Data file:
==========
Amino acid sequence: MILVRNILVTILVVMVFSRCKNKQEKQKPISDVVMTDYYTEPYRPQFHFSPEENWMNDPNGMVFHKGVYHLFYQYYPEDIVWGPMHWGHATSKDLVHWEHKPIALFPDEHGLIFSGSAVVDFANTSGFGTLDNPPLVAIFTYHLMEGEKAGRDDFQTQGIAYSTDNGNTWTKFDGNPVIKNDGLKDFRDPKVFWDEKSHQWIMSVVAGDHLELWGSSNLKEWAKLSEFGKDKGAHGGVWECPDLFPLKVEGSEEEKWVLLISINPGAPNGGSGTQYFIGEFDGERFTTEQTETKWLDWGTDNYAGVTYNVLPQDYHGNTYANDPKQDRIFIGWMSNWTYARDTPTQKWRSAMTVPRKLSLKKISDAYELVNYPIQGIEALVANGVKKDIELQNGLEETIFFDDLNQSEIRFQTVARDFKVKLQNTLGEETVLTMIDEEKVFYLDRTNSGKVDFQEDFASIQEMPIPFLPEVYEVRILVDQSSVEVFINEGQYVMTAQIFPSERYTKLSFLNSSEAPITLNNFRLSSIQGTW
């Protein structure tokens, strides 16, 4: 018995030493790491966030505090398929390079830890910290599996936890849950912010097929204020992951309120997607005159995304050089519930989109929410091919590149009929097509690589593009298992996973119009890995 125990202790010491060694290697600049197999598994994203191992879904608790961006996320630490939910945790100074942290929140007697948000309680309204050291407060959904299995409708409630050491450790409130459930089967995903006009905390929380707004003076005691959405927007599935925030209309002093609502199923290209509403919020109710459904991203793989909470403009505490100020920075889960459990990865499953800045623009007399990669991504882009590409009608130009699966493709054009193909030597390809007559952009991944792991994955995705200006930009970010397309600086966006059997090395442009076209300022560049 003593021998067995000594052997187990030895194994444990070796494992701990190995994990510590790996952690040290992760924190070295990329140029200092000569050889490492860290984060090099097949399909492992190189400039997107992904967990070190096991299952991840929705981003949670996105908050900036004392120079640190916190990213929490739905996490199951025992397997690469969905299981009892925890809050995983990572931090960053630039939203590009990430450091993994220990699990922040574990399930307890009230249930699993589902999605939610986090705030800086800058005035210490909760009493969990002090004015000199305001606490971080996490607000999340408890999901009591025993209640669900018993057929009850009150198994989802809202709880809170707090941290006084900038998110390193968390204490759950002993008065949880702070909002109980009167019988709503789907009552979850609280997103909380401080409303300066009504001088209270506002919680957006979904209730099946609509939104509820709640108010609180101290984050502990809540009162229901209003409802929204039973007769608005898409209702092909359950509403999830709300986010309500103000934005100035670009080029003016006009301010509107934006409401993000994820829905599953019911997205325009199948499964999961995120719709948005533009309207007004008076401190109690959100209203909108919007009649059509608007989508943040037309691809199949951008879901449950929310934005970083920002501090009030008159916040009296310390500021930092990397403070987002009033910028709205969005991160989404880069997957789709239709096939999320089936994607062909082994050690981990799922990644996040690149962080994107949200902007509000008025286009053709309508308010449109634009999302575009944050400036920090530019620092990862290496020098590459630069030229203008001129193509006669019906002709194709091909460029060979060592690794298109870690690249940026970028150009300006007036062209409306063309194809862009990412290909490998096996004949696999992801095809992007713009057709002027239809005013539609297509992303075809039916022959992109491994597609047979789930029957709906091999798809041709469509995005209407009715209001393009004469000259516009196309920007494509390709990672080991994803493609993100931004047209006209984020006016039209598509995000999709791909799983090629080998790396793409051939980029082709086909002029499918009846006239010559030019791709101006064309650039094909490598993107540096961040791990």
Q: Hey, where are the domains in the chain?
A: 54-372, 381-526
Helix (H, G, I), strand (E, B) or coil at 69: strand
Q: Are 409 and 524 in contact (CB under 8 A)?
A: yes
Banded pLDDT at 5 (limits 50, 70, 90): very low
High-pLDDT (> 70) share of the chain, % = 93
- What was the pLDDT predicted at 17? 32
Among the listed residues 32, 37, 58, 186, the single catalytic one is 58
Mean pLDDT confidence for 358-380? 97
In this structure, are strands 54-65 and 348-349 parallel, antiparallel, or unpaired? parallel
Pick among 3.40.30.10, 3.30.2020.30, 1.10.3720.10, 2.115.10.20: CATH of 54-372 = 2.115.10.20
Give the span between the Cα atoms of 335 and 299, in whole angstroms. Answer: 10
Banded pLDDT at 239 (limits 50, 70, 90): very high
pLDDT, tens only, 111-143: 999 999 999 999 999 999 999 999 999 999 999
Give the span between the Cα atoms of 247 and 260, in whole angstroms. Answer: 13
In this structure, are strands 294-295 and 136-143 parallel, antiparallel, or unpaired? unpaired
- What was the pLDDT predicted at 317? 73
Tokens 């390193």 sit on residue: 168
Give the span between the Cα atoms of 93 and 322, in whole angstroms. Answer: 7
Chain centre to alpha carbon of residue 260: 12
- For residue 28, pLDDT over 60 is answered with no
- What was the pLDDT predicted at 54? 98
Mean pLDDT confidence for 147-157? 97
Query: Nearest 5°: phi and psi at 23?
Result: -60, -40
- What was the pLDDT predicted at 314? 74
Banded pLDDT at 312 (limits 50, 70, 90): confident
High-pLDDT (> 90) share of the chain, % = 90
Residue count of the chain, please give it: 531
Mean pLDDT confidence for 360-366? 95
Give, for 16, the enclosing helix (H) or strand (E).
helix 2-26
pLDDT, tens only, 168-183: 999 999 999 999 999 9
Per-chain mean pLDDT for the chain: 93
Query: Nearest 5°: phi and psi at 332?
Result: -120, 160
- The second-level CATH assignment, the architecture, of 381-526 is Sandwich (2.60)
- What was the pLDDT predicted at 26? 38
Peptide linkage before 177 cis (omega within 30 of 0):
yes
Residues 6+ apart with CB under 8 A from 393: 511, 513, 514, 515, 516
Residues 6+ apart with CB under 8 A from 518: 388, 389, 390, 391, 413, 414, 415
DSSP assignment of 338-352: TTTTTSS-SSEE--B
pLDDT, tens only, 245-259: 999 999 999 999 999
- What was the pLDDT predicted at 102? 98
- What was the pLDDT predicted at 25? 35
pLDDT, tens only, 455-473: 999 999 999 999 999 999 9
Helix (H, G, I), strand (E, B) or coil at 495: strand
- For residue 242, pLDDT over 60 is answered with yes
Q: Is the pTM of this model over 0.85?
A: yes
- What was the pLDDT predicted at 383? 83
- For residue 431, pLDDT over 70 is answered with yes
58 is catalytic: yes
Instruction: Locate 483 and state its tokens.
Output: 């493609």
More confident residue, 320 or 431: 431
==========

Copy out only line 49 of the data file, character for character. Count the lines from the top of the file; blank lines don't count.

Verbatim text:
- What was the pLDDT predicted at 25? 35